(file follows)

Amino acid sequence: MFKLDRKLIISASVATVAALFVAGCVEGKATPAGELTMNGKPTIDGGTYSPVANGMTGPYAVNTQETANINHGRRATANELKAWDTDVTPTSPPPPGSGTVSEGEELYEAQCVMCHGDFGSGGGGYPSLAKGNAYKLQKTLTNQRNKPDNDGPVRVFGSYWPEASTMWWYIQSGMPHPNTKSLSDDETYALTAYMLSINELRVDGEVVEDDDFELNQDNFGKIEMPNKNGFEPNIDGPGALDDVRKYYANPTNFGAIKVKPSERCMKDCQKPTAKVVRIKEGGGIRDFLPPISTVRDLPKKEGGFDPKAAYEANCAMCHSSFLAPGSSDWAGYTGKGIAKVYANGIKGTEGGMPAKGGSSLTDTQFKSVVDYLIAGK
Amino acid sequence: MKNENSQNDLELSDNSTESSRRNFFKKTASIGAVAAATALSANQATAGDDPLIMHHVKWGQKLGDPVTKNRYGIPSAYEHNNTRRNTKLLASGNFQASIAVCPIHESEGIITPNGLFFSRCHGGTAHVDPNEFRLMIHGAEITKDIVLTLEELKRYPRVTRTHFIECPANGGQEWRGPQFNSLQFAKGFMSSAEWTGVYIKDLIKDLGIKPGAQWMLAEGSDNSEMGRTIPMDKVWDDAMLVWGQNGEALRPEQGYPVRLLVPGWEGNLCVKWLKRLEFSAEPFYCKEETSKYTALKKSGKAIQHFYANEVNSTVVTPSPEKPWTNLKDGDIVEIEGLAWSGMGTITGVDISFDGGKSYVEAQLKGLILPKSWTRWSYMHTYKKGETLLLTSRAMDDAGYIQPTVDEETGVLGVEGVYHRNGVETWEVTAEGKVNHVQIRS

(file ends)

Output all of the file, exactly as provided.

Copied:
Amino acid sequence: MFKLDRKLIISASVATVAALFVAGCVEGKATPAGELTMNGKPTIDGGTYSPVANGMTGPYAVNTQETANINHGRRATANELKAWDTDVTPTSPPPPGSGTVSEGEELYEAQCVMCHGDFGSGGGGYPSLAKGNAYKLQKTLTNQRNKPDNDGPVRVFGSYWPEASTMWWYIQSGMPHPNTKSLSDDETYALTAYMLSINELRVDGEVVEDDDFELNQDNFGKIEMPNKNGFEPNIDGPGALDDVRKYYANPTNFGAIKVKPSERCMKDCQKPTAKVVRIKEGGGIRDFLPPISTVRDLPKKEGGFDPKAAYEANCAMCHSSFLAPGSSDWAGYTGKGIAKVYANGIKGTEGGMPAKGGSSLTDTQFKSVVDYLIAGK
Amino acid sequence: MKNENSQNDLELSDNSTESSRRNFFKKTASIGAVAAATALSANQATAGDDPLIMHHVKWGQKLGDPVTKNRYGIPSAYEHNNTRRNTKLLASGNFQASIAVCPIHESEGIITPNGLFFSRCHGGTAHVDPNEFRLMIHGAEITKDIVLTLEELKRYPRVTRTHFIECPANGGQEWRGPQFNSLQFAKGFMSSAEWTGVYIKDLIKDLGIKPGAQWMLAEGSDNSEMGRTIPMDKVWDDAMLVWGQNGEALRPEQGYPVRLLVPGWEGNLCVKWLKRLEFSAEPFYCKEETSKYTALKKSGKAIQHFYANEVNSTVVTPSPEKPWTNLKDGDIVEIEGLAWSGMGTITGVDISFDGGKSYVEAQLKGLILPKSWTRWSYMHTYKKGETLLLTSRAMDDAGYIQPTVDEETGVLGVEGVYHRNGVETWEVTAEGKVNHVQIRS